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8 myths that may be increasing your low back pain

Fitness and nutrition · Jun 9, 2021

Low back pain is the leading musculoskeletal complaint worldwide.1 Naturally, people often seek out answers to find relief — but the search often yields unhelpful results. In fact, misinformation about back pain can lead to more pain, disability, time off work, and medication overuse.2

Here are some common myths about low back pain that may be inhibiting your ability to feel better:

Myth 1: Low back pain is usually a serious medical condition

Persistent back pain can be very distressing, but it’s rarely a life threatening condition. Less than 1% of cases in primary care are due to specific spinal pathology.3

Myth 2: Low back pain will become persistent and deteriorate in later life

Aging does not cause back pain, and the research supports this:4 Staying active, managing stress, and eating a healthy, balanced diet can help protect against back pain at every age.

Myth 3: Persistent low back pain is always related to tissue damage

Your back is strong. If you have had an injury, the tissue healing time is around three months. If pain persists longer, it often means that there are contributing factors to the pain. If you have experienced waking up with low back pain or pain after a simple movement, the onset may be related to increased tension, stress, poor sleep, fatigue, inactivity, or activity you’re not used to.5 These factors may make your back more sensitive to pain, which triggers a protective pain response that is not necessarily due to damage.6

Myth 4: Scans are always needed to detect the cause of low back pain

Scans rarely show the complete cause of back pain.7 It's important to note that when you get a scan, your report will note any present disc bulges, arthritis, degeneration, etc. —  however, scans of individuals without pain can often reveal issues like these too.8

Myth 5: Pain related to exercise and movement is always a signal to stop or modify the activity

When pain persists past three months, the surrounding muscles become more sensitive to touch and movement. When you move and feel pain, it’s a byproduct of how sensitive your surrounding structures have become and not necessarily how much “damage” there is. It’s normal to feel some discomfort when you start to move and exercise again after an injury. And it’s very important to remind yourself that you are safe and gradually increase your activity with the support of a professional.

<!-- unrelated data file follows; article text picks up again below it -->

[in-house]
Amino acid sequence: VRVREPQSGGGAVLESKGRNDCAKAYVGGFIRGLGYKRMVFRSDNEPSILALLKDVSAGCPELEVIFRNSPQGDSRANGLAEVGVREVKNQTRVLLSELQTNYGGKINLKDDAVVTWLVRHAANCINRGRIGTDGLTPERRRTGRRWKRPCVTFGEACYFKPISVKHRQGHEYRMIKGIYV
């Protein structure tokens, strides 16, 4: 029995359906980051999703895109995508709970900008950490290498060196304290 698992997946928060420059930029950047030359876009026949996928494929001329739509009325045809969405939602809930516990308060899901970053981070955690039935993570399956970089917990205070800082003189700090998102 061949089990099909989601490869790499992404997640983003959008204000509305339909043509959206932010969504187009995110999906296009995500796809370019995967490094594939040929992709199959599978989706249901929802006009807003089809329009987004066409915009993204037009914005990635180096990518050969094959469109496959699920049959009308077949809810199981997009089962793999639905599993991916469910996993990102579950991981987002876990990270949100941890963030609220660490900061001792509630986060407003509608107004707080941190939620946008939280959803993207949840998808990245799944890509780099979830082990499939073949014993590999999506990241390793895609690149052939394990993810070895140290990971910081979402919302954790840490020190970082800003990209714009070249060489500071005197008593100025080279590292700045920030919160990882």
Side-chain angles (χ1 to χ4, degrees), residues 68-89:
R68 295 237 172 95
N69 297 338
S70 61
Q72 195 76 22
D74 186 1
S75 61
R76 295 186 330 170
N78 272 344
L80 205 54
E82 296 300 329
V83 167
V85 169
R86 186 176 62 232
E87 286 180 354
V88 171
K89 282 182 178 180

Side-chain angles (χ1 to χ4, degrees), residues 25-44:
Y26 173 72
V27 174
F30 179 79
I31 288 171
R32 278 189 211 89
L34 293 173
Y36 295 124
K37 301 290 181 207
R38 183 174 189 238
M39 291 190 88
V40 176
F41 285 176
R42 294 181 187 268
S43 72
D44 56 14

Myth 6: Lower back pain is the cause of weak core muscles, and we must brace our core at all times

Constantly bracing the core can be counterproductive: it can signal to your brain that you need to protect an injury, which can trigger an unwanted pain response. Working with an experienced physiotherapist can help make sure your body is well-supported.

Myth 7: Repeated spinal loading results in ‘wear and tear’ and tissue damage

The same way that exercise and resistance training make your muscles stronger, moving and loading the spine makes the back stronger and healthier. Activities like running, twisting, bending and lifting are safe if you start gradually and practice regularly. Our backs are actually one of the strongest structures in our bodies.

Myth 8: Pain flare ups are a sign of tissue damage and require rest

Pain flare ups can happen unexpectedly, but they are often not related to tissue damage. Common triggers are lack of sleep or poor sleep, stress, tension, low mood, inactivity or unaccustomed activity. Managing these triggers can help prevent exacerbations. If you do experience a flare up, it’s important to stay calm, move within your tolerance, and work with a physiotherapist if you can. Learn more about our physiotherapy services.


[1] Wu, Aimin et al. “Global low back pain prevalence and years lived with disability from 1990 to 2017: estimates from the Global Burden of Disease Study 2017.” Annals of translational medicine vol. 8,6 (2020): 299. doi:10.21037/atm.2020.02.175

[2] O'Sullivan PB, Caneiro J, O'Sullivan K, et al Back to basics: 10 facts every person should know about back pain

British Journal of Sports Medicine 2020;54:698-699.

[3] Bardin LD, King P, Maher CG. Diagnostic triage for low back pain: a practical approach for primary care. Med J Aust. 2017 Apr 3;206(6):268-273. doi: 10.5694/mja16.00828. PMID: 28359011.

[4] O'Sullivan PB, Caneiro J, O'Sullivan K, et al

Back to basics: 10 facts every person should know about back pain

British Journal of Sports Medicine 2020;54:698-699.

[5] O'Sullivan PB, Caneiro J, O'Sullivan K, et al

Back to basics: 10 facts every person should know about back pain

British Journal of Sports Medicine 2020;54:698-699.

[6] O'Sullivan PB, Caneiro J, O'Sullivan K, et al

Back to basics: 10 facts every person should know about back pain

British Journal of Sports Medicine 2020;54:698-699.

[7]  Bardin LD, King P, Maher CG. Diagnostic triage for low back pain: a practical approach for primary care. Med J Aust. 2017 Apr 3;206(6):268-273. doi: 10.5694/mja16.00828. PMID: 28359011.

[8] O'Sullivan PB, Caneiro J, O'Sullivan K, et al

Back to basics: 10 facts every person should know about back pain

British Journal of Sports Medicine 2020;54:698-699.

Authored by:
Kosta Ikonomou
physiotherapist

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